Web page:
When people ask me what I enjoy most about my job, a few things usually pop up. I enjoy winning coverage of major events, I love helping others reach their goals and succeed, and I like helping create a lasting legacy — especially something personal.
When I met D.J. Williams, I didn’t know much about him. I was told he was a great football player and had a personality that could translate well to TV. In researching him, I came across an E:60 story about surviving domestic violence.
Wow. I was immediately sold on the person.
We ended up hiring him as a co-host KARK 4 TODAY. At that period of time, we were featuring station talent in a promotional campaign that highlighted their ties to the area. For D.J., it made sense to see if he’d talk about moving to Little Rock and the people who helped his family start over. The result was an Emmy award-winning promotional campaign that had the potential to help people struggling through similar circumstances.
I can’t remember exactly how we decided to turn it into a Day of Action. I knew we should do something to beyond promos, so we tossed around a few ideas. Like most new situations, D.J. seemed up for the challenge — whatever it may be.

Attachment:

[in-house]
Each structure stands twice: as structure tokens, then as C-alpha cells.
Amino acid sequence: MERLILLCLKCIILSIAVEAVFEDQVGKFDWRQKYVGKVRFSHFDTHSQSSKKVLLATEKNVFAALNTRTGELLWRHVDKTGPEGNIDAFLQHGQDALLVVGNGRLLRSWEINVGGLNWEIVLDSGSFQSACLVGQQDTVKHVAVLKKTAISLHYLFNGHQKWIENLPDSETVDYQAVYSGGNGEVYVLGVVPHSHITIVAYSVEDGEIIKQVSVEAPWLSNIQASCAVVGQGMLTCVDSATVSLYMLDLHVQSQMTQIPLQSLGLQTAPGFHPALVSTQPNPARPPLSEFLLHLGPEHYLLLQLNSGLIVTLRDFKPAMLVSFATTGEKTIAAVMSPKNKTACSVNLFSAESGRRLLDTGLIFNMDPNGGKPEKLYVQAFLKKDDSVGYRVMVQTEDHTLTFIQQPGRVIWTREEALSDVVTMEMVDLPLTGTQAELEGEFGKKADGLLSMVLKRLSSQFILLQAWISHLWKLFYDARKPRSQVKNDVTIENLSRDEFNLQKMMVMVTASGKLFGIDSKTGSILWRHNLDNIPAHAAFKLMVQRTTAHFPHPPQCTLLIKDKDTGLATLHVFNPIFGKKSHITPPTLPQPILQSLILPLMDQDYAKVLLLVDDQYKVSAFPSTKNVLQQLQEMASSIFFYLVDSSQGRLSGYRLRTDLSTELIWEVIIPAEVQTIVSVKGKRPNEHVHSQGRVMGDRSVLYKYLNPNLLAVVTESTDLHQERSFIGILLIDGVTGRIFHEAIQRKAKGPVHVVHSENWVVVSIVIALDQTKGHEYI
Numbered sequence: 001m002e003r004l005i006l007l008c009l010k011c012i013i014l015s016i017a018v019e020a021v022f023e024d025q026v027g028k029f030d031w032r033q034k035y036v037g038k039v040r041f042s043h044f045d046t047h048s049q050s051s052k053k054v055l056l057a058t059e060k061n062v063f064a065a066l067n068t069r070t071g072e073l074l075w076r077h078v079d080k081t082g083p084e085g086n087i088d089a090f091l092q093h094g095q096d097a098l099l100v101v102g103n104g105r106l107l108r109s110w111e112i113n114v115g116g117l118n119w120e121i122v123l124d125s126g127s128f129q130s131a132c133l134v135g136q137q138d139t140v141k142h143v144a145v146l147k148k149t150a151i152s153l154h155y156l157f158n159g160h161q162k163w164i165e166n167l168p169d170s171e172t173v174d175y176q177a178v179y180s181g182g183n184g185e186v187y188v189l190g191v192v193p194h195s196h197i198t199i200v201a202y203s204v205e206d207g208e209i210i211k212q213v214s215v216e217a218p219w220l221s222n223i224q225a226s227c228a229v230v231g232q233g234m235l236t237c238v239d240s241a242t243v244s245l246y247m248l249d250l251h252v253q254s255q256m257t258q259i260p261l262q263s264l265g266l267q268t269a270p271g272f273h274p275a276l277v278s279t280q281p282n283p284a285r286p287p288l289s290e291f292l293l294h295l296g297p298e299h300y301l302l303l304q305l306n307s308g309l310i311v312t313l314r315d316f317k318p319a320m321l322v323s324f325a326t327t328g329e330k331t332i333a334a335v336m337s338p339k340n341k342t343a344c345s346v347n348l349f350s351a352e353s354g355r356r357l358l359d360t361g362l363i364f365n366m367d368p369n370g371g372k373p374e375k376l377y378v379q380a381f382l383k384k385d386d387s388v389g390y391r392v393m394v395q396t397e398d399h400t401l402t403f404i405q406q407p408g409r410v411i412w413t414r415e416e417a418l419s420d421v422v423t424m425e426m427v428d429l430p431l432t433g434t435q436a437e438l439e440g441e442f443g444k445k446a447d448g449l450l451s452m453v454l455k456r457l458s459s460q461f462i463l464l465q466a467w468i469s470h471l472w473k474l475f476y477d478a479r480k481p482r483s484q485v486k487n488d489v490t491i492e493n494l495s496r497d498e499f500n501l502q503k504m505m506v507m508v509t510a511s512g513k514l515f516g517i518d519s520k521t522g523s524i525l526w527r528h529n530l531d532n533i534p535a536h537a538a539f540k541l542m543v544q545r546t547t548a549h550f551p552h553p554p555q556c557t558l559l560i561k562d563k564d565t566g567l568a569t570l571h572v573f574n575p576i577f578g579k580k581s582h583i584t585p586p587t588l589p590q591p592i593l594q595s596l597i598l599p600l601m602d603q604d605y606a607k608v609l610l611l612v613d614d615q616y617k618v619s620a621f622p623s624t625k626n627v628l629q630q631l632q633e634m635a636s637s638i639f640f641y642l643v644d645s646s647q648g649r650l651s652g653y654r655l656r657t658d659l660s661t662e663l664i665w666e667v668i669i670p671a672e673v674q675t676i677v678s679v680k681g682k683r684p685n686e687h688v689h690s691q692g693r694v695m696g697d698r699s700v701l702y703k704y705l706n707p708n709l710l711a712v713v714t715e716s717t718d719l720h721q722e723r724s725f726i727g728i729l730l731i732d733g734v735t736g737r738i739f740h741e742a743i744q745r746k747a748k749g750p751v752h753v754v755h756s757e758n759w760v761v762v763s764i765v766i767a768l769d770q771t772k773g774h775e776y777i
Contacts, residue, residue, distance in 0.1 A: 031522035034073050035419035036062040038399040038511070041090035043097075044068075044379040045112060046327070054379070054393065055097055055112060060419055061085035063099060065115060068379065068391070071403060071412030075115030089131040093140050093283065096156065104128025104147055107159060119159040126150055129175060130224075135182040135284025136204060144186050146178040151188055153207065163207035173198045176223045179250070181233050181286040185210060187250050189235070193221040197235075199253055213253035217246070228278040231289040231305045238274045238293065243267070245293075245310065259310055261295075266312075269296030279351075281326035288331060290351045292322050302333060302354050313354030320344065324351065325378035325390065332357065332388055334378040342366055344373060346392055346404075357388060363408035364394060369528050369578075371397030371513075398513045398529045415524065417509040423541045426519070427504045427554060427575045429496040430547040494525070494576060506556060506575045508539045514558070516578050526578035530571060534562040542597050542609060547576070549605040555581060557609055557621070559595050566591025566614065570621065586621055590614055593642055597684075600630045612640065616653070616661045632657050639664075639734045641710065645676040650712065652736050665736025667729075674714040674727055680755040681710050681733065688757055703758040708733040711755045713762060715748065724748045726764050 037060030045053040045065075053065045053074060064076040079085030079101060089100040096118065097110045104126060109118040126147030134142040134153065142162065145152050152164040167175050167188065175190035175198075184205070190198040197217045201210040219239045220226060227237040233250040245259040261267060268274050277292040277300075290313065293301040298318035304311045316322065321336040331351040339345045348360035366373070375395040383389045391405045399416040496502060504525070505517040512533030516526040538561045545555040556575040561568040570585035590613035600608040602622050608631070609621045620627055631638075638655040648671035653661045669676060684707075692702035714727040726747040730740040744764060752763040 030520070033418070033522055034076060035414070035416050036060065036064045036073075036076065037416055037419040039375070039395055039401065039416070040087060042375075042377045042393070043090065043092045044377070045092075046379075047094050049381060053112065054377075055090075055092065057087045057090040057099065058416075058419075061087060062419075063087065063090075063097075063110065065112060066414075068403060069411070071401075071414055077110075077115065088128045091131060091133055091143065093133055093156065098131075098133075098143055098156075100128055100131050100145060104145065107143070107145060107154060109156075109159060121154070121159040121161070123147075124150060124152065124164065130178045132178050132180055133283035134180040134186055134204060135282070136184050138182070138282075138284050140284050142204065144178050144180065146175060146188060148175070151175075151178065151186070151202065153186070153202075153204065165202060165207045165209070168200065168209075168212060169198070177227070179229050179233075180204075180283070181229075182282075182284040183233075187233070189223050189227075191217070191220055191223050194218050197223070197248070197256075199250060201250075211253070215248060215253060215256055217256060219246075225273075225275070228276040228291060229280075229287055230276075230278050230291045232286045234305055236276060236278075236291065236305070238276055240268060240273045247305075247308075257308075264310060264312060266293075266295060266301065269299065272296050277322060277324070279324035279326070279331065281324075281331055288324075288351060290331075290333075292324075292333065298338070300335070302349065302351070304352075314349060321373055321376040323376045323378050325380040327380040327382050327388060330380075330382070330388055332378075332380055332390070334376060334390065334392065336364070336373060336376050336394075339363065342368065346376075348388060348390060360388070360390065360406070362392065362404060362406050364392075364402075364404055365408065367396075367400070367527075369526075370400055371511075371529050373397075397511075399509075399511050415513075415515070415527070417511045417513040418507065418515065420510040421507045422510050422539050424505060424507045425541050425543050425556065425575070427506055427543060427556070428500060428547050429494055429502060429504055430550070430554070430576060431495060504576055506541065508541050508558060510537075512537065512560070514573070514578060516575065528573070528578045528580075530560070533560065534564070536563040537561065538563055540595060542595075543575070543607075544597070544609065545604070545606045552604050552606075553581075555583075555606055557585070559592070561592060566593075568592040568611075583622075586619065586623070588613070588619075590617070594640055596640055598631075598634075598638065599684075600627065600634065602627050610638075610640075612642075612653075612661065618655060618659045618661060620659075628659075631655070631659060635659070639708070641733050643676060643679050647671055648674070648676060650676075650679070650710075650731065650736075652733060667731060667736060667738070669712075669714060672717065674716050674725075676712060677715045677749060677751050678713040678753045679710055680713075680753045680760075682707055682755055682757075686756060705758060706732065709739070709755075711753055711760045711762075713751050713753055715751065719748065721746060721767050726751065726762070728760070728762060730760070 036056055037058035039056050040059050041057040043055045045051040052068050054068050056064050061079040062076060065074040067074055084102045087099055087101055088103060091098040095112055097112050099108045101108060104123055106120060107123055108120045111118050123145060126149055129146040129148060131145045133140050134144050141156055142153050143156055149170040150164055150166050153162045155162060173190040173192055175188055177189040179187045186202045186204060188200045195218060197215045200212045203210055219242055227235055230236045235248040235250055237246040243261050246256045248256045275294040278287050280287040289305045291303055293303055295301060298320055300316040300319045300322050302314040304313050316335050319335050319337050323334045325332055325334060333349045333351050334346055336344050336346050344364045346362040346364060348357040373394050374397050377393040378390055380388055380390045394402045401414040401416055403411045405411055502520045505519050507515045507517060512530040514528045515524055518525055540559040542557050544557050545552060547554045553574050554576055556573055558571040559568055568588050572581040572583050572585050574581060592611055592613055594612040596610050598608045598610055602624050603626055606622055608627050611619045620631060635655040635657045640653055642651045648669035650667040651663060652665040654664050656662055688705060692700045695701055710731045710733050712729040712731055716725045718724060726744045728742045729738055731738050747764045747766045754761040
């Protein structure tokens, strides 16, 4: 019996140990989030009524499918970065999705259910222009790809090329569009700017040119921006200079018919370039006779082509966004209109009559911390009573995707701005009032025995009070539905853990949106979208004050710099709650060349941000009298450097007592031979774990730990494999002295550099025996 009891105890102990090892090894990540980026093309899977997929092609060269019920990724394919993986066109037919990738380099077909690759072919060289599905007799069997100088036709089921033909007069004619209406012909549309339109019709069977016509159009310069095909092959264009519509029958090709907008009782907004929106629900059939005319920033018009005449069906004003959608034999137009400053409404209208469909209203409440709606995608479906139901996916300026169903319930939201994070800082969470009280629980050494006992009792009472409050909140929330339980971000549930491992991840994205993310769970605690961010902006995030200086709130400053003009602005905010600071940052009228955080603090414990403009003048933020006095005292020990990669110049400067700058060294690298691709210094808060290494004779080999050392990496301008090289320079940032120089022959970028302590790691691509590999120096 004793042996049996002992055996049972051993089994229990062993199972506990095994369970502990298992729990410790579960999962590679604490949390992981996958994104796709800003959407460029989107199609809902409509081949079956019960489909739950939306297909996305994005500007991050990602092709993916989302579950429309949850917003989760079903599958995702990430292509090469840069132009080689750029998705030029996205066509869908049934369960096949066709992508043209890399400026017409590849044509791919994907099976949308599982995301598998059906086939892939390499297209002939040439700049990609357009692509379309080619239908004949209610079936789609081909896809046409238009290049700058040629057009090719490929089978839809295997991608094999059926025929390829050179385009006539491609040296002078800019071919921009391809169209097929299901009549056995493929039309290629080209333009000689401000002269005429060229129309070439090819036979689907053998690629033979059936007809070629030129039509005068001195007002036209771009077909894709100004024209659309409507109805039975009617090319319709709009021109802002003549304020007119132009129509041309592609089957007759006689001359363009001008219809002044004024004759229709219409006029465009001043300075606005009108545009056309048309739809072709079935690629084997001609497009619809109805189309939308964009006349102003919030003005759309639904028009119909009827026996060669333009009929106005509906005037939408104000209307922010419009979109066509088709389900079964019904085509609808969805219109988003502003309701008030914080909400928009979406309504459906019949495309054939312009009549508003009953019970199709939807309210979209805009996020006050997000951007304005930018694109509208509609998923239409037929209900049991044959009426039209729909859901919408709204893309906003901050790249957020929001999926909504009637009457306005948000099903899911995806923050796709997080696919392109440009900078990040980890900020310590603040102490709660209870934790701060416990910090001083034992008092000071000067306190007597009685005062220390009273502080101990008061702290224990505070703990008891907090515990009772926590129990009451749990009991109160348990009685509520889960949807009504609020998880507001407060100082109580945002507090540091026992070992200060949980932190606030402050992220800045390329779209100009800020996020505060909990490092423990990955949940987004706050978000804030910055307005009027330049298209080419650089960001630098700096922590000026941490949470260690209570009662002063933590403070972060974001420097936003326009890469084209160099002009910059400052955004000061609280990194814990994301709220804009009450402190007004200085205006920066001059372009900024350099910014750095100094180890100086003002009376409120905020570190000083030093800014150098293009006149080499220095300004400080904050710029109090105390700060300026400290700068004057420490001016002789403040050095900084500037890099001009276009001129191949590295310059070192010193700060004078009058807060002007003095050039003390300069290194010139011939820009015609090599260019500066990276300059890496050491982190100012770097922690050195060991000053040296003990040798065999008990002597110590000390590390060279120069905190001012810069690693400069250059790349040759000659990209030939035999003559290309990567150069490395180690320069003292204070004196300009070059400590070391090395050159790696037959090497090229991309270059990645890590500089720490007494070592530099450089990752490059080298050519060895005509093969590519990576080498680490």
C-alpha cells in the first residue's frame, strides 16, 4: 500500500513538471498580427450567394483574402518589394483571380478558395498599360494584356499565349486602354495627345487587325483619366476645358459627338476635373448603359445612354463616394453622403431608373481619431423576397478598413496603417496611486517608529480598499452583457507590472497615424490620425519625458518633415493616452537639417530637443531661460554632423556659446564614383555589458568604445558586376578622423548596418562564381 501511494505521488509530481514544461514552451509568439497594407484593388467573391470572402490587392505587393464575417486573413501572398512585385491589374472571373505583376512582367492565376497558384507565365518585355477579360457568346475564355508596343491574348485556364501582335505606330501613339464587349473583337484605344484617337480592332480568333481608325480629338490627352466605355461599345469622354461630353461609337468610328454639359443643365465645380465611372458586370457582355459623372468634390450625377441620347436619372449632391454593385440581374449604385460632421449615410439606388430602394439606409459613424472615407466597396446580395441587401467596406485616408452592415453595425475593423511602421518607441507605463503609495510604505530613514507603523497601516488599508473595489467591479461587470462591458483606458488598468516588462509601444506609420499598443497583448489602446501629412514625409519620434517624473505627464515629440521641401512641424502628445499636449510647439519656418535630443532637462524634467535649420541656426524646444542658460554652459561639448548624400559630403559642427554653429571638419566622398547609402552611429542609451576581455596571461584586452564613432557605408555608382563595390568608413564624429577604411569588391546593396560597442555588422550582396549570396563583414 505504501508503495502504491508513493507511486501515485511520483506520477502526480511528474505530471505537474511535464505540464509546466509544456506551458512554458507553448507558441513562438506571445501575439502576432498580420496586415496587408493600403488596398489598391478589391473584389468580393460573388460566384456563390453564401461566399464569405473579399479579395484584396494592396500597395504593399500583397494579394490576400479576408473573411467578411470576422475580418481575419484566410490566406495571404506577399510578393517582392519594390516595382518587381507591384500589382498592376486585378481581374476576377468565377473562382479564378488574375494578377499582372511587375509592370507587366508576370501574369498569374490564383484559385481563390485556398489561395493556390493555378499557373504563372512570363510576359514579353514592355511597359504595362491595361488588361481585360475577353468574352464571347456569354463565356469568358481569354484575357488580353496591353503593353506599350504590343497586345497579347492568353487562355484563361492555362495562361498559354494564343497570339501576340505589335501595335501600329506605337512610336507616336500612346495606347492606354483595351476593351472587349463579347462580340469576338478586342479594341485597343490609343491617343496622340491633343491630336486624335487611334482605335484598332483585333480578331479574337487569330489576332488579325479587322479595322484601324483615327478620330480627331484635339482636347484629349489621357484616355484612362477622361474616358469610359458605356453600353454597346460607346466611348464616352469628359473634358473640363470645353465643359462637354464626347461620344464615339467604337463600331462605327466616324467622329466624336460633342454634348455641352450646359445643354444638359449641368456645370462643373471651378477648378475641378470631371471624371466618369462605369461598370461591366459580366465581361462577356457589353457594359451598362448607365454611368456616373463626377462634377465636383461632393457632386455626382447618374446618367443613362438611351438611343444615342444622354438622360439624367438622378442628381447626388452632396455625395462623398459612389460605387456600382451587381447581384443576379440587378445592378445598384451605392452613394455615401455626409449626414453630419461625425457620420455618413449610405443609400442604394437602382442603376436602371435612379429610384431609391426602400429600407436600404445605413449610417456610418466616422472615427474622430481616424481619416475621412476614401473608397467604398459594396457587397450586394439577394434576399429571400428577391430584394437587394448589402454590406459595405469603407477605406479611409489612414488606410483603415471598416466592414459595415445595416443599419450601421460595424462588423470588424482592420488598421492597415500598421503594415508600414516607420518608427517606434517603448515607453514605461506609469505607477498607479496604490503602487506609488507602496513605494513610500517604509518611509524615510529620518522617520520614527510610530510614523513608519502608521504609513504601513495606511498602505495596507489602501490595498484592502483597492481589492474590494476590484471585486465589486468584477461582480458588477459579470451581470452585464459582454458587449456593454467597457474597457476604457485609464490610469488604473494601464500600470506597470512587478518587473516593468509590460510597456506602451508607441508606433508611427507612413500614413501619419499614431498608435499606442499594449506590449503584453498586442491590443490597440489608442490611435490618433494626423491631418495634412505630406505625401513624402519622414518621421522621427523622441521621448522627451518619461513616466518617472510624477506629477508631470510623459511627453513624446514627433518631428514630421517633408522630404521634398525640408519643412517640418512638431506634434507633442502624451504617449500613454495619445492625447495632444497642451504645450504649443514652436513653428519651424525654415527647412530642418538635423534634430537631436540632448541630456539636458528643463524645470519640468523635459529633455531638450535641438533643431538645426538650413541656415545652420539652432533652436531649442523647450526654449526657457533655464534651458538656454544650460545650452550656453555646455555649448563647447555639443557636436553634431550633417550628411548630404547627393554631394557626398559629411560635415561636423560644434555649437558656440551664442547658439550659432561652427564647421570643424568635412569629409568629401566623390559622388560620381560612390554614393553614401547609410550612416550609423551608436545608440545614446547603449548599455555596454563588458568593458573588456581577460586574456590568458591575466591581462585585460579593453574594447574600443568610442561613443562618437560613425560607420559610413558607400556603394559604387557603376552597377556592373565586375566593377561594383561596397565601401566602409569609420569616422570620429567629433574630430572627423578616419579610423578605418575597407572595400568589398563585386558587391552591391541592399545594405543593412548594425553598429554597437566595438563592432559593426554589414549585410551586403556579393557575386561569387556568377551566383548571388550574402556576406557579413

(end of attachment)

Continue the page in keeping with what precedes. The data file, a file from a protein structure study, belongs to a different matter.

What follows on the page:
We launched our first D.J.’s Day of Action as a telethon in March of 2016 on KARK. Throughout the day, D.J. promised dinners, classroom pizza parties, beard shaving, and other assorted things for donations from the public. At the end of the telethon, we collected more than $26,000 for Women & Children First, a non-profit that helps survivors of domestic violence get back on their feet.
This year, we’ll expand the effort to Fox16 as part of our new Victory Over Violence campaign.
Join @donnaterrell_tv @kkelly16 and @FOX16News next Tues as we support @WCFirst as part of #ARDeclareVictory! pic.twitter.com/JBlqWyIVFT
— Austin Kellerman (@AustinKellerman) March 9, 2017
As an at-risk child who easily could’ve gone down another path, D.J. received help, was pointed in the right direction, and took advantage of the opportunities presented to him.
He will always be remembered as one of the best tight ends in the history of Arkansas Razorback football. But now as a successful athlete, speaker and host, D.J. has the chance to give back to those who helped him find his way and inspire others currently confronting violent situations.
That’s a lasting legacy.